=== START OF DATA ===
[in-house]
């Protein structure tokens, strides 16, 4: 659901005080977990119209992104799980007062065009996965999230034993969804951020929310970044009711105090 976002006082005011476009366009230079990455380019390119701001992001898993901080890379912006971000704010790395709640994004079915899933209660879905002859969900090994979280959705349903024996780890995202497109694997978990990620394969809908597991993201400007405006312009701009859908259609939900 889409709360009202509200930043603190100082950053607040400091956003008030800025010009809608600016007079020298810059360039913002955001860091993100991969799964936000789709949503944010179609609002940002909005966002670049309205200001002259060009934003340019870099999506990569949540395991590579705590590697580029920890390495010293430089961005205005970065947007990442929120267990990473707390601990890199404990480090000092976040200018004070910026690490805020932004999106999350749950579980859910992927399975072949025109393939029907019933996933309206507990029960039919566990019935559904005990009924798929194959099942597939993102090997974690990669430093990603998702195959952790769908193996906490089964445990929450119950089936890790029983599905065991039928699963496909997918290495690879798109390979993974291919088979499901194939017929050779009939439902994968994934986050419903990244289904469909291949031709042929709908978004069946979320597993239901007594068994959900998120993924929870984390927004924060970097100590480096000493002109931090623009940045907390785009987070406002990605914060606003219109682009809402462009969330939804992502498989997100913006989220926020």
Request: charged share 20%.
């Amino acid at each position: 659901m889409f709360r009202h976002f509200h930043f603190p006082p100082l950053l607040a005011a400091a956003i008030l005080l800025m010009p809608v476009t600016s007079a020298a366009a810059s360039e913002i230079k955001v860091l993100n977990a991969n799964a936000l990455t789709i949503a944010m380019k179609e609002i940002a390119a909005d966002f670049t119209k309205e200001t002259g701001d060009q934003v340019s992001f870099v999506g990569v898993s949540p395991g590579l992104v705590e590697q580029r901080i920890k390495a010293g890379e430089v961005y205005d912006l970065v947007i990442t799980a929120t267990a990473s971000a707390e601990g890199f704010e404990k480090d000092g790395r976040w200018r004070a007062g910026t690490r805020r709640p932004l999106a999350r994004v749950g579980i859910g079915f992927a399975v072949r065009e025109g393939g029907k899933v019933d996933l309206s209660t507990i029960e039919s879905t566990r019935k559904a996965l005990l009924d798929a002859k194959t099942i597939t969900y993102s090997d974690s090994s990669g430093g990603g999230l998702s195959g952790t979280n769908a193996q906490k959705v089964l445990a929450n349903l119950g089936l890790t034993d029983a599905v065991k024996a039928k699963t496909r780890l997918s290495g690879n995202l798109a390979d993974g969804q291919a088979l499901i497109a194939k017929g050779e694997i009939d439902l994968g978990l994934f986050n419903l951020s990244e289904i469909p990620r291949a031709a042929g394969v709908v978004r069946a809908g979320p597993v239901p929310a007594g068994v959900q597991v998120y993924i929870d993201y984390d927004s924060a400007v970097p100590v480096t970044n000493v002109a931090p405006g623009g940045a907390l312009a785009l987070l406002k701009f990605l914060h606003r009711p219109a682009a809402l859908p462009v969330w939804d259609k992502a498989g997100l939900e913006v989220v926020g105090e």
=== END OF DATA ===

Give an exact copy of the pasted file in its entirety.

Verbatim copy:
[in-house]
């Protein structure tokens, strides 16, 4: 659901005080977990119209992104799980007062065009996965999230034993969804951020929310970044009711105090 976002006082005011476009366009230079990455380019390119701001992001898993901080890379912006971000704010790395709640994004079915899933209660879905002859969900090994979280959705349903024996780890995202497109694997978990990620394969809908597991993201400007405006312009701009859908259609939900 889409709360009202509200930043603190100082950053607040400091956003008030800025010009809608600016007079020298810059360039913002955001860091993100991969799964936000789709949503944010179609609002940002909005966002670049309205200001002259060009934003340019870099999506990569949540395991590579705590590697580029920890390495010293430089961005205005970065947007990442929120267990990473707390601990890199404990480090000092976040200018004070910026690490805020932004999106999350749950579980859910992927399975072949025109393939029907019933996933309206507990029960039919566990019935559904005990009924798929194959099942597939993102090997974690990669430093990603998702195959952790769908193996906490089964445990929450119950089936890790029983599905065991039928699963496909997918290495690879798109390979993974291919088979499901194939017929050779009939439902994968994934986050419903990244289904469909291949031709042929709908978004069946979320597993239901007594068994959900998120993924929870984390927004924060970097100590480096000493002109931090623009940045907390785009987070406002990605914060606003219109682009809402462009969330939804992502498989997100913006989220926020």
Request: charged share 20%.
């Amino acid at each position: 659901m889409f709360r009202h976002f509200h930043f603190p006082p100082l950053l607040a005011a400091a956003i008030l005080l800025m010009p809608v476009t600016s007079a020298a366009a810059s360039e913002i230079k955001v860091l993100n977990a991969n799964a936000l990455t789709i949503a944010m380019k179609e609002i940002a390119a909005d966002f670049t119209k309205e200001t002259g701001d060009q934003v340019s992001f870099v999506g990569v898993s949540p395991g590579l992104v705590e590697q580029r901080i920890k390495a010293g890379e430089v961005y205005d912006l970065v947007i990442t799980a929120t267990a990473s971000a707390e601990g890199f704010e404990k480090d000092g790395r976040w200018r004070a007062g910026t690490r805020r709640p932004l999106a999350r994004v749950g579980i859910g079915f992927a399975v072949r065009e025109g393939g029907k899933v019933d996933l309206s209660t507990i029960e039919s879905t566990r019935k559904a996965l005990l009924d798929a002859k194959t099942i597939t969900y993102s090997d974690s090994s990669g430093g990603g999230l998702s195959g952790t979280n769908a193996q906490k959705v089964l445990a929450n349903l119950g089936l890790t034993d029983a599905v065991k024996a039928k699963t496909r780890l997918s290495g690879n995202l798109a390979d993974g969804q291919a088979l499901i497109a194939k017929g050779e694997i009939d439902l994968g978990l994934f986050n419903l951020s990244e289904i469909p990620r291949a031709a042929g394969v709908v978004r069946a809908g979320p597993v239901p929310a007594g068994v959900q597991v998120y993924i929870d993201y984390d927004s924060a400007v970097p100590v480096t970044n000493v002109a931090p405006g623009g940045a907390l312009a785009l987070l406002k701009f990605l914060h606003r009711p219109a682009a809402l859908p462009v969330w939804d259609k992502a498989g997100l939900e913006v989220v926020g105090e």